The first is by Graham Kendrick, who published and recorded “Who Can Sound The Depths of Sorrow?”  twenty years after the passage of the 1967 Abortion Act, and as attempts were being made in Parliament, 30 years ago, to reduce the number of abortions. 

It was sung in the Royal Albert Hall by thousands of pro-life supporters as more than 3 million white petals cascaded onto those who were gathered there. Each petal marked a life ended. 

It was recently sung during a commemorative pilgrimage to Walsingham.

This powerful anthem for the unborn remains as poignant and, sadly, as relevant as on the day it was first sung. Listen to it again by clicking here:  

 

Earlier this year another musician, Vin Garbutt,  died.

 He was, in many respects, the ultimate protest singer – singing songs that challenge everything from Fascism to environmental degradation, racism to exploitation of workers, while never accepting “no go areas” like society’s attitudes towards the unborn child .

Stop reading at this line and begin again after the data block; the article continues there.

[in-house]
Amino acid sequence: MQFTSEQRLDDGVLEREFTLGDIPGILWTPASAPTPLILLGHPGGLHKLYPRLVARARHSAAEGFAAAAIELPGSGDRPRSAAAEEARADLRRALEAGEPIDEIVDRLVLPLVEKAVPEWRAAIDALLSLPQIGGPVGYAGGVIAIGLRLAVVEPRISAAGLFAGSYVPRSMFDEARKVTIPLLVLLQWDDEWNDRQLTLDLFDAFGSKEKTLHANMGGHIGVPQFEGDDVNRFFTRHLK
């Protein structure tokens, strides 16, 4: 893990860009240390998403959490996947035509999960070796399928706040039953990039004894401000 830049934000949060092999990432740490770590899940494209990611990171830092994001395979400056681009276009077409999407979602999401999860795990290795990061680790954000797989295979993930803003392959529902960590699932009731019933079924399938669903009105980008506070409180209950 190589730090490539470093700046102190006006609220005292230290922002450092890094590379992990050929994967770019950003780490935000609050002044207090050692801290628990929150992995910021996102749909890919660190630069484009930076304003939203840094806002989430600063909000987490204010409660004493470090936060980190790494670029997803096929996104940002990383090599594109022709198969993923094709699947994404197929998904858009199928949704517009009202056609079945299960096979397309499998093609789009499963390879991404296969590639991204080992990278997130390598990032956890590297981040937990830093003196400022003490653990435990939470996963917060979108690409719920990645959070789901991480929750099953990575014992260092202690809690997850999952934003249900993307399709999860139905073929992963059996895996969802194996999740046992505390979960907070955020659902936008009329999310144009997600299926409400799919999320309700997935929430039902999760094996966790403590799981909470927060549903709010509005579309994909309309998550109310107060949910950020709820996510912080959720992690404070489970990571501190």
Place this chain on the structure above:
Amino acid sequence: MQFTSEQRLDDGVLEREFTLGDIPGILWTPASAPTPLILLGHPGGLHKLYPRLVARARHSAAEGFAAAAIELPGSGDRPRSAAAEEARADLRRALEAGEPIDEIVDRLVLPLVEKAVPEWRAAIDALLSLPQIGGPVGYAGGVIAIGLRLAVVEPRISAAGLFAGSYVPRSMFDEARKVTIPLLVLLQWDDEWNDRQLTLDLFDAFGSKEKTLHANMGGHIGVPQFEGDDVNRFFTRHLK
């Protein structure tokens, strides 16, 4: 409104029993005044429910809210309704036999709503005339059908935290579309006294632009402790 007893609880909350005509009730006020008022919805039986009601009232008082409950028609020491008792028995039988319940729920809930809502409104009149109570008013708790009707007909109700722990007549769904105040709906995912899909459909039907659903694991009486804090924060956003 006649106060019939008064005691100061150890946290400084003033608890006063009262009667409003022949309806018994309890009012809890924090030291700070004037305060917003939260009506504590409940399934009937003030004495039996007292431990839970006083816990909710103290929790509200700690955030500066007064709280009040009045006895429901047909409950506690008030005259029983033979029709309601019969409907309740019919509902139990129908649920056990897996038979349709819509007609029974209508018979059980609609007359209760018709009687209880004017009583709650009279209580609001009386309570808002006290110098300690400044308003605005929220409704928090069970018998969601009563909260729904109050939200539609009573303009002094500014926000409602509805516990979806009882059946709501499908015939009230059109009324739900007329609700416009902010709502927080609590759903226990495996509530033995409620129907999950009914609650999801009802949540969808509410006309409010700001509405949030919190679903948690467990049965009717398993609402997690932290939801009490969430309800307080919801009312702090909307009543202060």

Vin Garbutt was a great folk singer who refused to sing songs that betrayed his beliefs. Never tamed by coercive liberalism, despite six acclaimed appearances at the Cambridge Folk Festival and numerous awards he was never invited back to Cambridge after daring to sing two outspoken songs about the vulnerability and fate of unborn children. Vin Garbutt’s believed that through folk music “you hear songs about real things – coal mines, and shipyards closing down” – and that in singing and speaking about abortion and the unborn your music becomes part of “an underground movement of social songs of injustice”. He was effectively driven underground because he saw the ineluctable logic of defending human dignity and human life at every stage.